Understanding and Making Proper Use of Trademark Symbols
There seems to be a lot of confusion amongst early-stage business owners concerning use of the various trademark symbols (TM, SM, and (R)). This article addresses when to use which symbols, and when not to use any of the symbols at all.
First and foremost, it is important to clarify that these are in fact trademark-related symbols, and thus they should be used only in connection with your business's trademarks. Thus, for example, it is improper to write "Benjamin's Buttons?, Inc.", because in the context of an official company name, there aren't any trademark implications. Remember, trademarks are to be used as adjectives - to identify the source of specific goods or services - and thus not all references to your trademarked term or phrase will warrant use of the trademark symbols.
That said, it is important to understand when use of the symbols is proper, and to institute a procedure for ensuring widespread and consistent use of the proper trademark symbols. Failure to do so won't result in trademark rights, but using the symbols will help put start-ups and competitors on notice that you are serious about protecting and enforcing your valuable trademark rights. Under the law, and particularly in light of widespread misconceptions about what rights are and aren't associated with various forms of trademarks, it just makes sense to use the trademark symbols as another step toward (hopefully) staving off unnecessary disputes and legal expenses.
TM and SM
The TM and SM symbols are for use with unregistered trademarks. By "unregistered," I mean trademarks that aren't registered with the USPTO. State-level registration does not confer the right to use the (R) symbol, and trademarks subject to pending applications with the USPTO aren't considered "registered."
"TM" stands for "trademark," and should be used with unregistered trademarks for products - software, clothing, hard goods, foods, and the like. "SM" stands for "service mark," and thus should be used only in connection with unregistered trademarks for services.
The "(R)" symbol should be used on all trademarks registered with the USPTO. While this sounds straightforward enough, there are a few important points to keep in mind.
First, if you register a design trademark, you generally are going to be limited to using the (R) symbol in connection with the design as a whole. Thus, you generally won’t be able to use the (R) symbol in plain-text uses of the trademark. Likewise, if you register a words-only trademark, your design logo as a whole generally won’t be covered by the registration. Because of this, business owners are generally well-advised to seek USPTO registration for both the design and words-only versions of their trademark.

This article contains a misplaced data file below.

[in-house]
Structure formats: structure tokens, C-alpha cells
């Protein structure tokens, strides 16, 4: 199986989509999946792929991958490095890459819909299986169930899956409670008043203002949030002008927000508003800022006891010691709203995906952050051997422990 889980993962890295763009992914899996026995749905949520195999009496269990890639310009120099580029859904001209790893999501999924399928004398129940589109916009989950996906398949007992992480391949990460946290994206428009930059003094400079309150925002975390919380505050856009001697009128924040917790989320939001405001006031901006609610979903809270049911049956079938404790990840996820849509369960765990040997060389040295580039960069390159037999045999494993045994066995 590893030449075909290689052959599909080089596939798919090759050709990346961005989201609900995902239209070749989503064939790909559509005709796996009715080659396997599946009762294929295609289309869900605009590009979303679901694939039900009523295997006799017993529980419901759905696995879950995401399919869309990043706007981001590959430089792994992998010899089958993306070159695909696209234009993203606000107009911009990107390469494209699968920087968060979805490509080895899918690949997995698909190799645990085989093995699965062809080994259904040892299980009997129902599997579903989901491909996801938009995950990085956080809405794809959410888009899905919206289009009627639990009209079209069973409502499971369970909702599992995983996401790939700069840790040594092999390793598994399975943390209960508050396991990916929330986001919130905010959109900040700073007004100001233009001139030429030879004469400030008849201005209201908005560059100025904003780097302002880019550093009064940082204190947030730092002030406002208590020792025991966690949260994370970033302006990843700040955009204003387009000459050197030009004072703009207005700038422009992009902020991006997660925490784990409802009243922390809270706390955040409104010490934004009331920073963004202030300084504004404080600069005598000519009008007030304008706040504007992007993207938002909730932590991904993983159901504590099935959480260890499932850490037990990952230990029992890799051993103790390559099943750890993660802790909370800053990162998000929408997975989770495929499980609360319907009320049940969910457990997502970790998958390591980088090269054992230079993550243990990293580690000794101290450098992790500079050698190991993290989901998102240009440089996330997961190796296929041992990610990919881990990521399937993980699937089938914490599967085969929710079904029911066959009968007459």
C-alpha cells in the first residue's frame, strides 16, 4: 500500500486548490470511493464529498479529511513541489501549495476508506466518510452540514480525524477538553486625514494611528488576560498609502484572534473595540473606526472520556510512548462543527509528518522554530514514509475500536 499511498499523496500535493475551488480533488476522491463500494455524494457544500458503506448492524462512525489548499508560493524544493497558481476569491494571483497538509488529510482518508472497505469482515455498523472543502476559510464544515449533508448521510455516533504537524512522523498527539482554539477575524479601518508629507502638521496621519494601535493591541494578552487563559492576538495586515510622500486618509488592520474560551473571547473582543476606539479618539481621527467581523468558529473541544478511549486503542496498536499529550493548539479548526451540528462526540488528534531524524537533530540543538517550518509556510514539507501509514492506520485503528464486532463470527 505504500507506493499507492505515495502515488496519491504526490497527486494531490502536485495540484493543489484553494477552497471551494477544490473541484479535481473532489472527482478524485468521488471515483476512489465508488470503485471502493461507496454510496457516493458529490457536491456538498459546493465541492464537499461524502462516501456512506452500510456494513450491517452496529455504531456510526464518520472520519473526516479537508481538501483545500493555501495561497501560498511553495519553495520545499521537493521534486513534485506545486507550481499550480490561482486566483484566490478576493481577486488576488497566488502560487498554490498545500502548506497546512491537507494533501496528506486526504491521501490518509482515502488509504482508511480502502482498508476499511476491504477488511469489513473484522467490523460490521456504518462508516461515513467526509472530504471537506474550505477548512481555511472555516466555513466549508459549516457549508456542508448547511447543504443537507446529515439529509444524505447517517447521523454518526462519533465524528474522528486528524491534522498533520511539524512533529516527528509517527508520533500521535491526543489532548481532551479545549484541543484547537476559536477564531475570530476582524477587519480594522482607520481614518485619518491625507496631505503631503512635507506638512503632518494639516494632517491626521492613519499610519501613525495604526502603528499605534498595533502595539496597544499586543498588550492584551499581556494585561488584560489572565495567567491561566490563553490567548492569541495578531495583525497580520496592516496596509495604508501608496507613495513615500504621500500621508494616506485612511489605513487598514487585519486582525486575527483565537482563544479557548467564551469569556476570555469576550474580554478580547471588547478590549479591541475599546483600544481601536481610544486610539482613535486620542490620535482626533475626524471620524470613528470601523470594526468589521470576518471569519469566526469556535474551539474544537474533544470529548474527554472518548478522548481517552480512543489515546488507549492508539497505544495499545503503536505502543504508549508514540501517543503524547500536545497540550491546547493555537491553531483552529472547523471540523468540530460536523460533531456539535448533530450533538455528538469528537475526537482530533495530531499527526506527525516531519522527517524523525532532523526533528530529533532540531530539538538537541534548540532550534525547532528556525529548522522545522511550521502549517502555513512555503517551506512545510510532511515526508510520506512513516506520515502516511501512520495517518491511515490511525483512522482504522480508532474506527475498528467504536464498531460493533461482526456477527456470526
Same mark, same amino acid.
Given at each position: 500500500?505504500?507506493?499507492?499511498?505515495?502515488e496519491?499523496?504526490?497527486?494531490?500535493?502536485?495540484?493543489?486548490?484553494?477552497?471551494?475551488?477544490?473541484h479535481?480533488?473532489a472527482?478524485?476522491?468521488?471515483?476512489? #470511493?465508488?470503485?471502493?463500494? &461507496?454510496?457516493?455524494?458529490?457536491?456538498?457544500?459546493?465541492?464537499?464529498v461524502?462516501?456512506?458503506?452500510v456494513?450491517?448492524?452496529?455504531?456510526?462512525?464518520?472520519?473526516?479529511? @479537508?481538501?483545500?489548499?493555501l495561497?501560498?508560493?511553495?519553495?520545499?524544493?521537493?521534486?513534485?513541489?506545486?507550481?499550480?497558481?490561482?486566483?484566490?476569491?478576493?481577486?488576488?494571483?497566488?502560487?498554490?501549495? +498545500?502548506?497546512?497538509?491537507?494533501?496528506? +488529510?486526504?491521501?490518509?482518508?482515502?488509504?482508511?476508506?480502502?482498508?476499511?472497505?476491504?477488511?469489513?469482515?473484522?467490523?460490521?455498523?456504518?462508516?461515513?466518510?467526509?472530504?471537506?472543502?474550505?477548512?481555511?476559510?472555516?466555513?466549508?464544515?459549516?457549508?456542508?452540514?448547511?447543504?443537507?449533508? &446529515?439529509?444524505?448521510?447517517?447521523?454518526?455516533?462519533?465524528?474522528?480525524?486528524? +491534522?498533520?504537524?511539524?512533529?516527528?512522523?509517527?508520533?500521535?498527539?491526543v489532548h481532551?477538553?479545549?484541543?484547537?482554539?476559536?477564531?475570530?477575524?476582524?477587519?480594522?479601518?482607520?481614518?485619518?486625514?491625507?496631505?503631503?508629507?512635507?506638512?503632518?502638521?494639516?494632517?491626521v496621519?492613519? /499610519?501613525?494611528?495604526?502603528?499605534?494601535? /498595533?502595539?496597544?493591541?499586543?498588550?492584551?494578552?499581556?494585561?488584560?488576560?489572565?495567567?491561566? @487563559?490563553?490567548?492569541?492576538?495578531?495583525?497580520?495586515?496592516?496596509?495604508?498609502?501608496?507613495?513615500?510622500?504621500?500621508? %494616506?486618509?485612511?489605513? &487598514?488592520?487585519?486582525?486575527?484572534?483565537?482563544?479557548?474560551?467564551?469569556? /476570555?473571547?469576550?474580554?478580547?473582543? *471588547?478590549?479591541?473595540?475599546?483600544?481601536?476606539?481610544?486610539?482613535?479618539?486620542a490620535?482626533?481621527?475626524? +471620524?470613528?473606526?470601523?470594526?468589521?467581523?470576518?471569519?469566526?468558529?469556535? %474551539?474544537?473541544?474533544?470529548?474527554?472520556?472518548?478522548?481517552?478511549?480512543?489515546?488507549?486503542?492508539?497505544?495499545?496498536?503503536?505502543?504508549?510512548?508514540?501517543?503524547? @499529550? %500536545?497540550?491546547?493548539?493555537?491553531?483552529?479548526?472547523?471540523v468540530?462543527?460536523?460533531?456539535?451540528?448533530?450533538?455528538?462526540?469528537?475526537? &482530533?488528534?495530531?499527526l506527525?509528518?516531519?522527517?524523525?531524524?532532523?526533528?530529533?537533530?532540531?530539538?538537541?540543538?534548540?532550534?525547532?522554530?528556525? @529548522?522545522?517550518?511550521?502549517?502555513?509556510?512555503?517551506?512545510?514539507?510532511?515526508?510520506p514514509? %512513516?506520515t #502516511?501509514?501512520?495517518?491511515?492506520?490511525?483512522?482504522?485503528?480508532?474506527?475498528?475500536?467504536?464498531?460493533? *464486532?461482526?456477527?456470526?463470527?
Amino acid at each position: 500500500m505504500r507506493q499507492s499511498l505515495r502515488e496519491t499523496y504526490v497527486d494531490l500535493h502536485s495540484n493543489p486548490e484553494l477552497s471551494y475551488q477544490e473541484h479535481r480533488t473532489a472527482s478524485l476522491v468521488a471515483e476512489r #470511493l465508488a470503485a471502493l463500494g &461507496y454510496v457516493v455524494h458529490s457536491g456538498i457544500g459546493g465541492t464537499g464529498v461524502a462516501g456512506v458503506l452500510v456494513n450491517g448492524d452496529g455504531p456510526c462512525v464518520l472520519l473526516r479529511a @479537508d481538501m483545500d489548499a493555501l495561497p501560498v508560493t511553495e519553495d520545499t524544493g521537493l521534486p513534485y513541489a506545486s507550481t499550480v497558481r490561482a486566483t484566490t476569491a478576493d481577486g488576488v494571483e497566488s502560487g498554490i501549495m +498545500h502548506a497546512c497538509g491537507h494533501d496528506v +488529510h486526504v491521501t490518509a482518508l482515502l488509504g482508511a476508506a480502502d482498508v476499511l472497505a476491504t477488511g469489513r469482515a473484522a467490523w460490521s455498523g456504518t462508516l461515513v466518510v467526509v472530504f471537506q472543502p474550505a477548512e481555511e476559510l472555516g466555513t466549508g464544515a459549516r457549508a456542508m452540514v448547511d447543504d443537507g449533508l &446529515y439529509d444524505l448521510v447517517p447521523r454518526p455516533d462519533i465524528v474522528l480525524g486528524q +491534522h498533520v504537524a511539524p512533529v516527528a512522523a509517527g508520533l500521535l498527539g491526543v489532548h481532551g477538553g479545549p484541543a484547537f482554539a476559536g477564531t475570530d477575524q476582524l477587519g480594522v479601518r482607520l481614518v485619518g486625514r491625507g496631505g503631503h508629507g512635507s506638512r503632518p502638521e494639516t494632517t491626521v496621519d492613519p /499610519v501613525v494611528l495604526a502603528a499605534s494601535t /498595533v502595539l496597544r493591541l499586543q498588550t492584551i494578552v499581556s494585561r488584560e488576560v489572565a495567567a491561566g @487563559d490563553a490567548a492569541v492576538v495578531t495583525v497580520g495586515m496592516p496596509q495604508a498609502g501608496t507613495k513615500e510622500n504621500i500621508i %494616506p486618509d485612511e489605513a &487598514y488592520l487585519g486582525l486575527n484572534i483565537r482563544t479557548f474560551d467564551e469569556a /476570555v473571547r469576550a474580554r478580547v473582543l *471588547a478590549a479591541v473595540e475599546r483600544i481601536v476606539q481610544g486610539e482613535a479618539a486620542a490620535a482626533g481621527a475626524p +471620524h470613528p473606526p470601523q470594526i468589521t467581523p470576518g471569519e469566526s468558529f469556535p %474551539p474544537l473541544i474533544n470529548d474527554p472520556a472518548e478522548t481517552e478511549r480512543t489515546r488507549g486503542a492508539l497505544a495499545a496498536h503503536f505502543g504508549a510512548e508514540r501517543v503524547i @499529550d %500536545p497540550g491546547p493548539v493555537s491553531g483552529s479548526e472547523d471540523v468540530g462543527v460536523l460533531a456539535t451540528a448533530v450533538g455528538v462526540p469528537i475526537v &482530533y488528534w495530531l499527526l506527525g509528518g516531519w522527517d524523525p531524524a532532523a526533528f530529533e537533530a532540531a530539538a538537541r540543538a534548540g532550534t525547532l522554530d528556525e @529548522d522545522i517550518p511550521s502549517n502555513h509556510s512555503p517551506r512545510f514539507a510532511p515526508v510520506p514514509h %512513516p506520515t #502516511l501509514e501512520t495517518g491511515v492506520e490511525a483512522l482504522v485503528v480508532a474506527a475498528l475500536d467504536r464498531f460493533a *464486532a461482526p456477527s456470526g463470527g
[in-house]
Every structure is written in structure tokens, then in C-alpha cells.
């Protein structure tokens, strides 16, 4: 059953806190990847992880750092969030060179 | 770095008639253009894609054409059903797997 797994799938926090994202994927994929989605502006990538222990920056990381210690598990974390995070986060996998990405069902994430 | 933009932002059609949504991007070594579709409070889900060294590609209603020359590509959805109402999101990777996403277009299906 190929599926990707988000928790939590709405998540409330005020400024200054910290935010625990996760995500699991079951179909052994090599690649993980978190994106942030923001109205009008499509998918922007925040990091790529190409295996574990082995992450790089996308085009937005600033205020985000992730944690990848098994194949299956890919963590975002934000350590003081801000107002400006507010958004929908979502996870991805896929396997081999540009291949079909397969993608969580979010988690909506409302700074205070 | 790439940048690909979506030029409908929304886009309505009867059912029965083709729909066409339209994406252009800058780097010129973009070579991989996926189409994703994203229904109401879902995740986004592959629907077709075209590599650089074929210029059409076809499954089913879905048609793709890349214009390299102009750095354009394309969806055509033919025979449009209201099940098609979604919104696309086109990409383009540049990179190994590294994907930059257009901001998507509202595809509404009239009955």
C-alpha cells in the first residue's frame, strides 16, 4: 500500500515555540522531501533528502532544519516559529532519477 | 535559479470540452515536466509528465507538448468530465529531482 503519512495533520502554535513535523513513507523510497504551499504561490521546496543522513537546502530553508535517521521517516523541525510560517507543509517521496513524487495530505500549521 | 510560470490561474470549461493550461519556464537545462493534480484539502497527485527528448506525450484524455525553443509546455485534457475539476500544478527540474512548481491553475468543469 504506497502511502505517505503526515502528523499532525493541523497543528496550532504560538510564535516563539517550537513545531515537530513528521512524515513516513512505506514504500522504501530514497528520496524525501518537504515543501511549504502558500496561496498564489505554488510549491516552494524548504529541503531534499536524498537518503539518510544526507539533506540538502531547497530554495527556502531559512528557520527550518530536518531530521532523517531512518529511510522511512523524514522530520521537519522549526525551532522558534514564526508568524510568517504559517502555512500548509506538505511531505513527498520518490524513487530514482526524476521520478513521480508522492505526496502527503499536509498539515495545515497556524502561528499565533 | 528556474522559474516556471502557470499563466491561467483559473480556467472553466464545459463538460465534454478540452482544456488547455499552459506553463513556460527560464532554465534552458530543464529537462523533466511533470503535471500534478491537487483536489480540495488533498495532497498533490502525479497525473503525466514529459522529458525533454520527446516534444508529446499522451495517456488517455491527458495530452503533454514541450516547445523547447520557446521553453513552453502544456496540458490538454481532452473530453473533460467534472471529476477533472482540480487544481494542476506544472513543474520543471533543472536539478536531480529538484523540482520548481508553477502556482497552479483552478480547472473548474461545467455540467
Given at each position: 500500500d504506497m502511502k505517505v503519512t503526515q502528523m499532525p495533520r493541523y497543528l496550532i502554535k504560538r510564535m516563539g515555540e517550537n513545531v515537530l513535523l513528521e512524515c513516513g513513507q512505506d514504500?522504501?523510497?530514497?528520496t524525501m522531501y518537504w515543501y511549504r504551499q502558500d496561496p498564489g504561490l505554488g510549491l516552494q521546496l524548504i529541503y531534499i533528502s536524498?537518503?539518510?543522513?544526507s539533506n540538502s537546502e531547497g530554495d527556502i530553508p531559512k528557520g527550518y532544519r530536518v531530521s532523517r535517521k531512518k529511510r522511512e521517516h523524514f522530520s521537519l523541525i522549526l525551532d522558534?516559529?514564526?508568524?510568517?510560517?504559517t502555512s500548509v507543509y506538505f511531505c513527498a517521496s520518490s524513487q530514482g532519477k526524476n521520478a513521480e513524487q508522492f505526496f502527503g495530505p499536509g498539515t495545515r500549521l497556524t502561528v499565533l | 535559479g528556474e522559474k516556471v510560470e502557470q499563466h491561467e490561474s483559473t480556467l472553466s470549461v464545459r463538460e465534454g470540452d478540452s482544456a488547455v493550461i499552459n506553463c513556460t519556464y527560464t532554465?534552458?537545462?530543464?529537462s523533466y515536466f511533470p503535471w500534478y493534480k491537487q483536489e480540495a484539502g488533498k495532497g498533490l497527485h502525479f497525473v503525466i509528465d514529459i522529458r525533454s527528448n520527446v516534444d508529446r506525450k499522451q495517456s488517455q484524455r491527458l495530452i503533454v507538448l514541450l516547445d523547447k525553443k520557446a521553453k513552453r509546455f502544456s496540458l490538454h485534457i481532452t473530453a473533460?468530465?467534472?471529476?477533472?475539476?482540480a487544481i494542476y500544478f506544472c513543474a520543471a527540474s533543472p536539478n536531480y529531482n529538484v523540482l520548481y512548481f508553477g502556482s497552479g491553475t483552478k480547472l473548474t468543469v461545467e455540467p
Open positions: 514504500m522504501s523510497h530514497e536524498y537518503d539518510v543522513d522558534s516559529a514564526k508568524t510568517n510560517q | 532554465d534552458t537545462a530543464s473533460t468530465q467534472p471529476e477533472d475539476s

Second, trademark registrations are specific to the goods and/or services identified in your trademark registration application. Thus, if you register your trademark for use on one line of products (such as whole-bean coffee), and then also start using it on another line (such as coffee mugs), you may be limited to using the “(R)” symbol only with your original product line until you obtain a supplemental USPTO trademark registration (this is one reason why business owners should be seeking trademark registration as early as possible).
As a side note, the (C) symbol designates copyright protection, not trademark. Copyrights protect creative expressions of ideas, whereas trademarks protect brands, logos and other identifiers of source. Thus, the (C) symbol should be used only when placing copyright notice on proprietary materials or online content.
Jeff Fabian assists business owners in protecting their brands so that they can stay focused on running their businesses. Visit www.fabianip.com for more information, and follow Jeff on Twitter @FabianOnIP.
This article is provided for informational purposes only, and does not constitute legal advice.
We'll Leave the Light On For You: Motel 6's Advertising Success
When Motel 6 conceived of the idea for a campaign in the mid-1980s, Bodett worked on NPR’s All Things Considered program. The Richards Group, a Dallas- based advertising agency, was hired by Motel 6 in 1985 and thought Bodett would be an excellent spokesman for the chain because of his warm and friendly vocal style. Hired in 1986, Bodett ad-libbed the line, “We’ll leave the light on for you”while in the recording studio for the first time and the slogan was both an instant and lasting success, staying with the chain for over 25 years and counting.
Should Emerging Brands Work With A Franchise Development Company?
Considering how challenging it can be to franchise a business, going the route of a franchise development firm can help an emerging brand without taking as big of a financial risk.
DOs and DON’Ts for Prospective Franchisees
Of course, new concepts and geographically-focused concepts may have no or only a limited number of franchisees. These opportunities should not simply be avoided wholesale; however, in these cases it will be particularly important to have candid and open discussions with the franchisor’s owners and representatives.